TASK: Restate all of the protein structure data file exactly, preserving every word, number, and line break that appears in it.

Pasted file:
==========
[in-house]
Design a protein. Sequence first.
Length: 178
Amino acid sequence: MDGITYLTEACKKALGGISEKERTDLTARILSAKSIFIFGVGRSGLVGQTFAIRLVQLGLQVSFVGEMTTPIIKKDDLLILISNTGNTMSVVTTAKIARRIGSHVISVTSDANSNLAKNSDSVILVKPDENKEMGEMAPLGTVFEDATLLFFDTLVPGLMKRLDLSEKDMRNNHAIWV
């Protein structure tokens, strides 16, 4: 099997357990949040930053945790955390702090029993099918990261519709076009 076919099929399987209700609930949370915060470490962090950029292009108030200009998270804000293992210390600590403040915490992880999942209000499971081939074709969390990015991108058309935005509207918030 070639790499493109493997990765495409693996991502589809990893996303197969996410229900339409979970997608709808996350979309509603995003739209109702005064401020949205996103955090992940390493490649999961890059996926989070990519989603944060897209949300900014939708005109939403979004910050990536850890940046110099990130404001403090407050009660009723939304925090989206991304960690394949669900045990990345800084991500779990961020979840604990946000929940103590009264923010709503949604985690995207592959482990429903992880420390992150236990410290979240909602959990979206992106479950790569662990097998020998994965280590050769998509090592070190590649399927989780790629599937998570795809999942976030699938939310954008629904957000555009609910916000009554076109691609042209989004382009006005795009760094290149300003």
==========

[in-house]
Design a protein. Sequence first.
Length: 178
Amino acid sequence: MDGITYLTEACKKALGGISEKERTDLTARILSAKSIFIFGVGRSGLVGQTFAIRLVQLGLQVSFVGEMTTPIIKKDDLLILISNTGNTMSVVTTAKIARRIGSHVISVTSDANSNLAKNSDSVILVKPDENKEMGEMAPLGTVFEDATLLFFDTLVPGLMKRLDLSEKDMRNNHAIWV
């Protein structure tokens, strides 16, 4: 099997357990949040930053945790955390702090029993099918990261519709076009 076919099929399987209700609930949370915060470490962090950029292009108030200009998270804000293992210390600590403040915490992880999942209000499971081939074709969390990015991108058309935005509207918030 070639790499493109493997990765495409693996991502589809990893996303197969996410229900339409979970997608709808996350979309509603995003739209109702005064401020949205996103955090992940390493490649999961890059996926989070990519989603944060897209949300900014939708005109939403979004910050990536850890940046110099990130404001403090407050009660009723939304925090989206991304960690394949669900045990990345800084991500779990961020979840604990946000929940103590009264923010709503949604985690995207592959482990429903992880420390992150236990410290979240909602959990979206992106479950790569662990097998020998994965280590050769998509090592070190590649399927989780790629599937998570795809999942976030699938939310954008629904957000555009609910916000009554076109691609042209989004382009006005795009760094290149300003």